NELSON — Three-year-old Tamsin Sauer died from a stroke brought on by dehydration and malnutrition that was caused by a trichobezoar – a mass of undigested hair in her stomach, Whiteside County Coroner Joe McDonald said Friday.
“Environmental neglect” was the other significant condition contributing to the child’s March 26 death, McDonald said, citing the final autopsy report, which he received Friday.
McDonald said he could not specify what the medical examiner in McLean County who performed the autopsy meant by the term. A message left at the McLean County coroner’s office was not returned.
McDonald said he had not encountered a bezoar as a cause of death in his 30-year-career as a coroner.
Records provided by the Illinois Department of Children and Family Services in response to a Freedom of Information Act request show the agency is investigating whether neglect or malnutrition may have played a role in the girl’s death.
The Lee County Sheriff’s Department, State Police and the State’s Attorney’s office also are investigating.
No one has been charged.
The DCFS records also show that from Jan. 22, 2018, to Dec. 7, 2021, the agency made two dozen visits either to the home in the 100 block of East Bassett Street, where Frank and Dana Sauer lived with their nine minor children and other adults, or to the children’s schools or relatives’ homes.
Six DCFS investigators conducted 10 investigations into multiple reports of abuse or neglect surrounding one or more of the children. In each instance, the allegations were deemed “unfounded,” records show.
The identity of who made the reports is not a matter of public record.
Frank Sauer said in an interview before the girl’s cause of death was announced on Friday, that he talked with the medical examiner in Bloomington shortly after Tamsin’s autopsy. He said he was told her cause of death was a bezoar that caused her to suffer strokes. The medical examiner’s office declined response to Sauer’s assertion.
Tamsin had been chewing on her hair, and pulling it out and eating it, but showed no symptoms of pain or distress, and was eating as usual, Sauer said.
“She was a normal kid, doing normal things,” he said. “She acted like a child, she played, she loved the winter, she loved the snow, she loved to sit and watch movies.”
Sauer said he told a doctor about his daughter’s habit the week before her death and was told she would outgrow it. He said Tamsin was taken to the doctor because she had a cold with a persistent fever, not because she was showing signs of pain or discomfort that a bezoar might have caused.
Due to medical privacy laws, the newspaper was unable to verify Sauer’s assertion.
At the time of Tamsin’s death, the nine siblings, all girls, ranged in age from 5 months to 17 years.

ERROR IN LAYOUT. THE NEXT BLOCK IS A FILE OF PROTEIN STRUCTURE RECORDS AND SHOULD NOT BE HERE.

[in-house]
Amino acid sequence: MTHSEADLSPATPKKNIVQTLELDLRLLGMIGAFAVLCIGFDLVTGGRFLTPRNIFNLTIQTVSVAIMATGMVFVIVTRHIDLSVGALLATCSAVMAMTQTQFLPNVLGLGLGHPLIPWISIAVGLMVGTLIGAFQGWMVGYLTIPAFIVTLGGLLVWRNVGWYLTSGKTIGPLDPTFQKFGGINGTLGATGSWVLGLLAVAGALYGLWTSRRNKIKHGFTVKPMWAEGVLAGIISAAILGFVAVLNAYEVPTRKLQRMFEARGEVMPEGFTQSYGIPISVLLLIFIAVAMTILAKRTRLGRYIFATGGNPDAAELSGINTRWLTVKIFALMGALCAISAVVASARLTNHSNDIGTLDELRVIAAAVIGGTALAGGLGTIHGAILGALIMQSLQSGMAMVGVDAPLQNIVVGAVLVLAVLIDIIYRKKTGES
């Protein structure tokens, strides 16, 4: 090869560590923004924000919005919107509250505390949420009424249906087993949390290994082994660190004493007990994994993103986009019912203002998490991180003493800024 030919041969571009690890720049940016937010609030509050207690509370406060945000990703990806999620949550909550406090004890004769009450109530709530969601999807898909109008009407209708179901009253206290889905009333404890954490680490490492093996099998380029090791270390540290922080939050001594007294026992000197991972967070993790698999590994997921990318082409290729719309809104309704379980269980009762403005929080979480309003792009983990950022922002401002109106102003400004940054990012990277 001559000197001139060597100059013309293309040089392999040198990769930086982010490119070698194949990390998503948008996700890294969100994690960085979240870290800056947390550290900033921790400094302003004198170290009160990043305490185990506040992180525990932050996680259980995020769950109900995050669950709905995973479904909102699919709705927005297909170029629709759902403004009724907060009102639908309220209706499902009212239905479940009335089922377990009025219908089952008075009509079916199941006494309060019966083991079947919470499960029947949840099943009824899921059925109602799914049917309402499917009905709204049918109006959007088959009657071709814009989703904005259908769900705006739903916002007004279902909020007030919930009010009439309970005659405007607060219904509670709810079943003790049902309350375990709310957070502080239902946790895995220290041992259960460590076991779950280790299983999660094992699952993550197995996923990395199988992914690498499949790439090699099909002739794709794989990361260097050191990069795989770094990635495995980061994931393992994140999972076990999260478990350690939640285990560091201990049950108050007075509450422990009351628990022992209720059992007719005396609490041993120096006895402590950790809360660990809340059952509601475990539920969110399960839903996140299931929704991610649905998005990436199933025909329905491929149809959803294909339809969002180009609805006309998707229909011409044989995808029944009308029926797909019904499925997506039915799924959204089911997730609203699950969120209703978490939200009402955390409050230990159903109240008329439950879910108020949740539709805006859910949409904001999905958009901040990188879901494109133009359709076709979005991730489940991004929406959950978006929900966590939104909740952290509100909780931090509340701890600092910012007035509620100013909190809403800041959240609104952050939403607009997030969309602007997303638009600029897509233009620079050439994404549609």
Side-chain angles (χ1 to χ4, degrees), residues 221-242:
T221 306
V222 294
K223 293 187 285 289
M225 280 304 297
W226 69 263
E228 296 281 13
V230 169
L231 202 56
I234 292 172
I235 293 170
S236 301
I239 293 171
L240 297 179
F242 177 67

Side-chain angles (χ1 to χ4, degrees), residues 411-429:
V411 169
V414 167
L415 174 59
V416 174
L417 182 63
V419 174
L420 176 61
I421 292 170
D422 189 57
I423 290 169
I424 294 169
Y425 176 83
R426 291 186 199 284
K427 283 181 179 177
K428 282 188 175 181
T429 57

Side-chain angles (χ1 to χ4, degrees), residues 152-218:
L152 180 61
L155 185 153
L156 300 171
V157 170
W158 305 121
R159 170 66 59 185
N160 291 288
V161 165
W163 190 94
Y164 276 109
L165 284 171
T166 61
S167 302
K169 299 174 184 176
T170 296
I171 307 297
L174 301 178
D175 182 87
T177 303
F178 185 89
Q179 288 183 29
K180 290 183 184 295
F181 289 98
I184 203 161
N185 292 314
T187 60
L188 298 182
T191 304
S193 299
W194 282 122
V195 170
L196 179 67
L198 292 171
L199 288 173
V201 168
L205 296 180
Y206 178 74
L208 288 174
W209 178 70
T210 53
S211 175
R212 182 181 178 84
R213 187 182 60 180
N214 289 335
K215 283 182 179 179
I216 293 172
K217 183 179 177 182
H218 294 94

Three other adults also were living in the 960-square-foot, one-bath home at the time, the DCFS report says.
The DCFS investigated reports that the children were the victims of “environmental neglect,” that they were being inadequately supervised, locked up and left home alone; that the environment in which they lived caused a “substantial risk of physical injury” and/or was “injurious to their health and welfare;” that they did not have enough to eat and were not getting proper medical care.
Frank Sauer denied any wrongdoing and said, “There was plenty of food in the house.” Between him, his wife and the other adults, someone always was there to supervise the children, he said.
According to the DCFS, “environmental neglect” exists if “the child’s person, clothing, or living conditions are unsanitary to the point that the child’s health may be impaired.”
Investigators are advised to pay special attention to “the child’s physical condition and the living conditions in the home in order to determine whether the report constitutes an allegation of harm, and to take into account the child’s age (those 6 and younger are more likely to be harmed); developmental stage; physical condition; and mental abilities.
Frank and Dana Sauer’s five children are in DCFS custody, and Dana’s two girls with her previous husband are with their father while the investigation into Tamsin’s death proceeds. One child no longer is a minor.
According to webmd.com and other online sources, a bezoar is a mass of indigestible material — usually hair, fibers, food fibers or medication — that forms in the stomach and doesn’t pass through the intestines.
Bezoars are rare. They often, but not always, are painful, and rarely fatal when diagnosed.
Symptoms can include a lack of appetite, vomiting, nausea, abdominal pain, anemia, weight loss and bloating. Bezoars also can be asymptomatic.
Trichobezoars — bezoars created by undigested hair — are rare in children, and most common in girls.
Bezoars often are difficult to diagnose in very young children.